Continuing the series of articles from BBs nos. 502, 504-506.

February 2000 commenced with the escorting of an MCG Wednesday night tourist party around Five BuddIes Sink and the Shaft.  Needless to say they were then conned into assisting with the dig and 50 bags were hauled out while, in the depths, vast amounts of rock was being moved along the level.  Some of them even threatened to come again - but haven't yet!  During the rest of the month and early March another 160 loads reached the surface and four more new diggers were recruited.  Much of the work involved transporting full bags and rocks from Heinous Hall to the Shaft.

On the 13th March the last two boulders from the Heinous Hall collapse were banged and on 15th another 46 loads were hauled out.  Analysis of water samples by Roger Stenner seemed to indicate that the Upstream Level inlet is fed by water from Waldegrave Pool - as is the flow from the Treasury of Aeops.  As these levels went in different directions this seemed odd.  Further water samples were taken on the 19th, both underground and on the surface.

During the rest of March another 214 loads were laboriously hauled out on the man winch but life improved considerably on 2nd April when Ivan arrived with the newly fettled, trailer mounted hydraulic winch and painlessly removed another 74.  The following day, with the assistance of two press-ganged Grampian men, down from Inverness, another 74 came out on the hand winch - in a rapidly worsening snow blizzard.  Work continued on clearing the Upstream Level on the 4th and the terminal inlet sump was drained to enable an airspace to be felt beyond.  This was investigated further the following day and found to be the continuation of the Level.  With high water conditions it was left for the stream to excavate for us.  Another 75 bags reached the surface.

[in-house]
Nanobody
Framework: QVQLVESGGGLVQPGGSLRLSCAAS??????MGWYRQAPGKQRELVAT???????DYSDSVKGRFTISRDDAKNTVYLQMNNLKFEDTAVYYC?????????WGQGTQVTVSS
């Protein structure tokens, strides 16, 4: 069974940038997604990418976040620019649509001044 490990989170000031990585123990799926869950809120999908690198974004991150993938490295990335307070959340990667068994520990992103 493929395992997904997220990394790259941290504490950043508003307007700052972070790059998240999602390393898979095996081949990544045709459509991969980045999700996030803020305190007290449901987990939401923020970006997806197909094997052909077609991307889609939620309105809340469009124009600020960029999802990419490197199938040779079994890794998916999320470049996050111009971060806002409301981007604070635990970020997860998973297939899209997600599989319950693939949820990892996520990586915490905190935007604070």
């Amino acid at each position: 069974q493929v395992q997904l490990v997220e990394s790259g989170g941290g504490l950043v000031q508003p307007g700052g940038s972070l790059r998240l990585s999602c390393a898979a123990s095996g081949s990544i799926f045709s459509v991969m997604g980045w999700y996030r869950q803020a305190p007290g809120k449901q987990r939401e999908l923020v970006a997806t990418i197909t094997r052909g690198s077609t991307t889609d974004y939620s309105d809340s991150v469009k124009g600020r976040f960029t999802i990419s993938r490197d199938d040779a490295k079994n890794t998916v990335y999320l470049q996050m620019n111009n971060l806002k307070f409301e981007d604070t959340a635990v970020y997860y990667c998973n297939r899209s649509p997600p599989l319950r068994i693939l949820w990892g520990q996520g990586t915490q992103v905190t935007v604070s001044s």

On 6th April the writer, digging in the floor of the Upstream Level on a solo trip, was fortunate to find an almost complete and nicely decorated clay pipe buried in the silt on the RH side of the passage just upstream of the 5m aven (now named Pipe Aven).  Its fine state of preservation may be due to its having been protected by wooden shoring along the Level wall - now rotted away.  Being still intact and useable it is postulated that the pipe may have been put down by its owner and fallen behind the timbers.  The cherry-like designs on the bowl are stylised tobacco plants and on one side is what appears to be a church window or bishop's mitre with a star below.  The circled W on the other side may be the initial of the pipe maker.  Further research is being done on the date and origin of this minor treasure and the current "guesstimate" is late 1700s - possibly from the Oakhill area.  It will eventually be displayed in Wells Museum. A small piece of clay roof tile was also found.